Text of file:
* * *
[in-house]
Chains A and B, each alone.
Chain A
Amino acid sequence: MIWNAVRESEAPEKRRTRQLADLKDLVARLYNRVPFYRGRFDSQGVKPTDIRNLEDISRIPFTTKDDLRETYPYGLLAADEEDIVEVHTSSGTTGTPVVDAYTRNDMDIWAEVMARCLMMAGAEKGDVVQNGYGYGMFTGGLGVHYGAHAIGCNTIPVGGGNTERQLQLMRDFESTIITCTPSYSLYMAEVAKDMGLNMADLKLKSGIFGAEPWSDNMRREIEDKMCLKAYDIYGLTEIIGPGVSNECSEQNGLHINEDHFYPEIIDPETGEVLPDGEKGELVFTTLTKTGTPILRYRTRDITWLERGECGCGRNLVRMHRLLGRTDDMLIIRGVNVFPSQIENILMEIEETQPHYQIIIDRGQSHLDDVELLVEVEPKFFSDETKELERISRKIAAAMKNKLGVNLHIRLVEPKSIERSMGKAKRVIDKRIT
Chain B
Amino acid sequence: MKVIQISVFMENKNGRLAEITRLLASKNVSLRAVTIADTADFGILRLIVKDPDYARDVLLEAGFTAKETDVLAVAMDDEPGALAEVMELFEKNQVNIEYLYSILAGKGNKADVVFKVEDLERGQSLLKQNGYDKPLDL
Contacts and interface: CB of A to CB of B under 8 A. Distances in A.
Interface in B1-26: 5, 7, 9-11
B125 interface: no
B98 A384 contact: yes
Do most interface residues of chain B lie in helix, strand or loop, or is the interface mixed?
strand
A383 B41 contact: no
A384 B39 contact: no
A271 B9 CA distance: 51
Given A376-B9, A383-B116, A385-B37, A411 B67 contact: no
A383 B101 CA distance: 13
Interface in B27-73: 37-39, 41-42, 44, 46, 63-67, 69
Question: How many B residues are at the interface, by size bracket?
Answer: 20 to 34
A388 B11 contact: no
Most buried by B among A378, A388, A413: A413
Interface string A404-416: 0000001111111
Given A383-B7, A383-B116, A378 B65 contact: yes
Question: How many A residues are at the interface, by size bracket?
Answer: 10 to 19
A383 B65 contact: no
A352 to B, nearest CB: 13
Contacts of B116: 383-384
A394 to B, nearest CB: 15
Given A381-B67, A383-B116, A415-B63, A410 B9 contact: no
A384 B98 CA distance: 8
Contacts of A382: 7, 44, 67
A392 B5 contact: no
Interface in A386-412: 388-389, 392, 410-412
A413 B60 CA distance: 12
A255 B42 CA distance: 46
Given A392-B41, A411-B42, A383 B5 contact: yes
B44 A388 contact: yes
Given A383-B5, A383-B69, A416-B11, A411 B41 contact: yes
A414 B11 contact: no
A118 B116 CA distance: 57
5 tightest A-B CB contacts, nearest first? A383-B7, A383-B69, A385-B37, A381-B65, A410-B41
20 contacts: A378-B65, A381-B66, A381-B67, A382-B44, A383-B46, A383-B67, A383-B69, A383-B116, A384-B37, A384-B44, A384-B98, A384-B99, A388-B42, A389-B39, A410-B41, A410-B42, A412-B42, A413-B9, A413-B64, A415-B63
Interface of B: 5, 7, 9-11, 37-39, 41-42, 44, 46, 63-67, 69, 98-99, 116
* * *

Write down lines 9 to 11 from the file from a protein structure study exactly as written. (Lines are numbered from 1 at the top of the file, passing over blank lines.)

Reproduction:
B125 interface: no
B98 A384 contact: yes
Do most interface residues of chain B lie in helix, strand or loop, or is the interface mixed?